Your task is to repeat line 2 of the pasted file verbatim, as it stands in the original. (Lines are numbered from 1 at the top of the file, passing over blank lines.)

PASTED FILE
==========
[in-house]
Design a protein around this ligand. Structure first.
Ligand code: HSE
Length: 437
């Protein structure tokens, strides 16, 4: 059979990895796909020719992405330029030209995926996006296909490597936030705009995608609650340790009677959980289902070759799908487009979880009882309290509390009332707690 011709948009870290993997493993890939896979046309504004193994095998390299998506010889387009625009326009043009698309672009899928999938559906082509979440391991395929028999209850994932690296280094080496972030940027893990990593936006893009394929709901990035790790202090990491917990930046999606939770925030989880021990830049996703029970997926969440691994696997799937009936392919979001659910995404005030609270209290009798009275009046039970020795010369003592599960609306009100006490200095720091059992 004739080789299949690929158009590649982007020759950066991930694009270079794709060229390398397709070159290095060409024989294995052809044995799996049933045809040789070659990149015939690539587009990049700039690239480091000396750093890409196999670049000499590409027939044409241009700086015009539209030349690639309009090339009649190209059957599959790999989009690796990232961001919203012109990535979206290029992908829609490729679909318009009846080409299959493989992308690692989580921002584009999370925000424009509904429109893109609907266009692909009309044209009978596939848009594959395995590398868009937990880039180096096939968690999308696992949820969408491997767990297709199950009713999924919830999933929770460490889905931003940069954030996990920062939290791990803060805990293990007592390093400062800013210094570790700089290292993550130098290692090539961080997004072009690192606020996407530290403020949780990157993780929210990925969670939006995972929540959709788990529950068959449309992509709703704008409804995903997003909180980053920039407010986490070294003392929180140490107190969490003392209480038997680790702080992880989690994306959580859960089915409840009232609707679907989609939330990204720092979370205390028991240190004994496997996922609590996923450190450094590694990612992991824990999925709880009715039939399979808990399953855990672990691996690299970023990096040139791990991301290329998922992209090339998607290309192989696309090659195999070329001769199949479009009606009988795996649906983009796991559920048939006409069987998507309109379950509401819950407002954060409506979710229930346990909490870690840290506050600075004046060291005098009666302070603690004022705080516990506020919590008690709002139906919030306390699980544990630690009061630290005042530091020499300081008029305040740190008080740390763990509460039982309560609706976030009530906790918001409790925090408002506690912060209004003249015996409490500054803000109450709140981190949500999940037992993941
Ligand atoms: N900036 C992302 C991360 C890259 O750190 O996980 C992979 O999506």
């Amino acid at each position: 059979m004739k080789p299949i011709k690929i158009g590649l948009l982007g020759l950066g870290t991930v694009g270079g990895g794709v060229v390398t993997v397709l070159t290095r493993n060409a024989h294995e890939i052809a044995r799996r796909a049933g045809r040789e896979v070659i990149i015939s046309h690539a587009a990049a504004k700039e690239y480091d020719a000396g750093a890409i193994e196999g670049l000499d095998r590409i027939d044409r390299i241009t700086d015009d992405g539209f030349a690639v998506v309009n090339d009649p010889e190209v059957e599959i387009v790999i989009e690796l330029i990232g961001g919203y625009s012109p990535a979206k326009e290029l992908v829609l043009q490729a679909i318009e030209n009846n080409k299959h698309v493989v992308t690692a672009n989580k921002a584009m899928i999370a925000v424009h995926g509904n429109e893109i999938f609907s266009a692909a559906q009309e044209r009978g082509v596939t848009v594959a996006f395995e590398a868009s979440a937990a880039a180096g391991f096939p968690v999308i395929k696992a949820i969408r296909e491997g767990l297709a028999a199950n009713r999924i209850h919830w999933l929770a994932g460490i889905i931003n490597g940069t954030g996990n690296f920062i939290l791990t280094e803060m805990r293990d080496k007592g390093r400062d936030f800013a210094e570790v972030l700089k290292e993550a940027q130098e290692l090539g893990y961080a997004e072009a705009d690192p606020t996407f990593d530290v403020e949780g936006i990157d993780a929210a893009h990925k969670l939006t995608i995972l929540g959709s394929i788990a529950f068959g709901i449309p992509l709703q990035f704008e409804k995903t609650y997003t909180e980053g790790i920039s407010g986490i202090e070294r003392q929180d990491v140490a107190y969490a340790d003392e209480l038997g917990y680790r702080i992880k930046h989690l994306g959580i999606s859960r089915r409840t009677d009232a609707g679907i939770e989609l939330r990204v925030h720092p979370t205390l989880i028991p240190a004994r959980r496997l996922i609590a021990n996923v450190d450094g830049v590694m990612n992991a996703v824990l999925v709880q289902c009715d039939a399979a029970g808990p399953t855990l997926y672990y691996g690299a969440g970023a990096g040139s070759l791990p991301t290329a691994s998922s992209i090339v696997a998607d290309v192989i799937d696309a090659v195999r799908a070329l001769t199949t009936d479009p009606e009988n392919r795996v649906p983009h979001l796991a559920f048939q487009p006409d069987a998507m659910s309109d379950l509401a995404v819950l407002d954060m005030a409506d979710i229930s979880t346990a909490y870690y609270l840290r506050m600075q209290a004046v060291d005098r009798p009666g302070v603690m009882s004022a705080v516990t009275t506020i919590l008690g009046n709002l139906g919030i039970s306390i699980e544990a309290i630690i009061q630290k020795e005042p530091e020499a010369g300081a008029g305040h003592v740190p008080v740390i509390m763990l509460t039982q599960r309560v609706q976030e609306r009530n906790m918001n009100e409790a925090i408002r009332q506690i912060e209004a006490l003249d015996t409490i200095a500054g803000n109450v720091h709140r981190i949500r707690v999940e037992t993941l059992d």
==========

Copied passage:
Design a protein around this ligand. Structure first.